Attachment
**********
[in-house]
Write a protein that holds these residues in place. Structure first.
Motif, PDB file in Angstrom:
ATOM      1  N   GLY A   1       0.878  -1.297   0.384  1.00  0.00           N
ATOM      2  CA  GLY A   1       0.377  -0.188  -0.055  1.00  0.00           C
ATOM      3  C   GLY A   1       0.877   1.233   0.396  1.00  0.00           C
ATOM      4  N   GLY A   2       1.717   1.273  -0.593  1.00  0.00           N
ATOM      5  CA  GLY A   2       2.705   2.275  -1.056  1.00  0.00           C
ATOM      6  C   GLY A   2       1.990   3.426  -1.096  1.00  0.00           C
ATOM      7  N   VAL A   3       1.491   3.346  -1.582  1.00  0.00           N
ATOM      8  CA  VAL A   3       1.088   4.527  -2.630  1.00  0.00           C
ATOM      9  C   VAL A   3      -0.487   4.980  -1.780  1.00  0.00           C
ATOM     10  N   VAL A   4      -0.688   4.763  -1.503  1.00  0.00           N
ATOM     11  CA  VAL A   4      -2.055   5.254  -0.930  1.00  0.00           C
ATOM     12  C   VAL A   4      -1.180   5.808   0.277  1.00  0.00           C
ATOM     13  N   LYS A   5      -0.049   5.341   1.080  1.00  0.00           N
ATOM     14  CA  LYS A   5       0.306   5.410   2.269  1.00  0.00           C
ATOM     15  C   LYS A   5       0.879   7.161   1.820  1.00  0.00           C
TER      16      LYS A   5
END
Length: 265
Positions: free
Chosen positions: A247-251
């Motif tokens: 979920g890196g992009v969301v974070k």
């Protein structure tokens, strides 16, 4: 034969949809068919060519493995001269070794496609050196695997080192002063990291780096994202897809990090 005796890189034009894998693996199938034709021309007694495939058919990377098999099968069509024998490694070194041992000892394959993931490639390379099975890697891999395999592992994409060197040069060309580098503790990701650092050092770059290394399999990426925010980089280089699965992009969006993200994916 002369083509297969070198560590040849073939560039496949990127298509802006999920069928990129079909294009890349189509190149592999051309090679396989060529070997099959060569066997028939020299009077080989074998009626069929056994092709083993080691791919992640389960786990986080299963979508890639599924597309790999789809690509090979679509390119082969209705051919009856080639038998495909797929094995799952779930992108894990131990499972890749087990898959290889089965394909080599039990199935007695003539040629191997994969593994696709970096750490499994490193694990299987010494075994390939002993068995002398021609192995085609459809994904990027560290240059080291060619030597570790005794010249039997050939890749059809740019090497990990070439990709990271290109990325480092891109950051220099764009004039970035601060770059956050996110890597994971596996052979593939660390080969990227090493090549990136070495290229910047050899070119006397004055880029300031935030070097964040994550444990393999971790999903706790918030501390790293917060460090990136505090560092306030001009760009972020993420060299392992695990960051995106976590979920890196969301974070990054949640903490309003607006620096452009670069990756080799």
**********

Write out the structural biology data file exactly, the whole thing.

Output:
[in-house]
Write a protein that holds these residues in place. Structure first.
Motif, PDB file in Angstrom:
ATOM      1  N   GLY A   1       0.878  -1.297   0.384  1.00  0.00           N
ATOM      2  CA  GLY A   1       0.377  -0.188  -0.055  1.00  0.00           C
ATOM      3  C   GLY A   1       0.877   1.233   0.396  1.00  0.00           C
ATOM      4  N   GLY A   2       1.717   1.273  -0.593  1.00  0.00           N
ATOM      5  CA  GLY A   2       2.705   2.275  -1.056  1.00  0.00           C
ATOM      6  C   GLY A   2       1.990   3.426  -1.096  1.00  0.00           C
ATOM      7  N   VAL A   3       1.491   3.346  -1.582  1.00  0.00           N
ATOM      8  CA  VAL A   3       1.088   4.527  -2.630  1.00  0.00           C
ATOM      9  C   VAL A   3      -0.487   4.980  -1.780  1.00  0.00           C
ATOM     10  N   VAL A   4      -0.688   4.763  -1.503  1.00  0.00           N
ATOM     11  CA  VAL A   4      -2.055   5.254  -0.930  1.00  0.00           C
ATOM     12  C   VAL A   4      -1.180   5.808   0.277  1.00  0.00           C
ATOM     13  N   LYS A   5      -0.049   5.341   1.080  1.00  0.00           N
ATOM     14  CA  LYS A   5       0.306   5.410   2.269  1.00  0.00           C
ATOM     15  C   LYS A   5       0.879   7.161   1.820  1.00  0.00           C
TER      16      LYS A   5
END
Length: 265
Positions: free
Chosen positions: A247-251
């Motif tokens: 979920g890196g992009v969301v974070k």
């Protein structure tokens, strides 16, 4: 034969949809068919060519493995001269070794496609050196695997080192002063990291780096994202897809990090 005796890189034009894998693996199938034709021309007694495939058919990377098999099968069509024998490694070194041992000892394959993931490639390379099975890697891999395999592992994409060197040069060309580098503790990701650092050092770059290394399999990426925010980089280089699965992009969006993200994916 002369083509297969070198560590040849073939560039496949990127298509802006999920069928990129079909294009890349189509190149592999051309090679396989060529070997099959060569066997028939020299009077080989074998009626069929056994092709083993080691791919992640389960786990986080299963979508890639599924597309790999789809690509090979679509390119082969209705051919009856080639038998495909797929094995799952779930992108894990131990499972890749087990898959290889089965394909080599039990199935007695003539040629191997994969593994696709970096750490499994490193694990299987010494075994390939002993068995002398021609192995085609459809994904990027560290240059080291060619030597570790005794010249039997050939890749059809740019090497990990070439990709990271290109990325480092891109950051220099764009004039970035601060770059956050996110890597994971596996052979593939660390080969990227090493090549990136070495290229910047050899070119006397004055880029300031935030070097964040994550444990393999971790999903706790918030501390790293917060460090990136505090560092306030001009760009972020993420060299392992695990960051995106976590979920890196969301974070990054949640903490309003607006620096452009670069990756080799």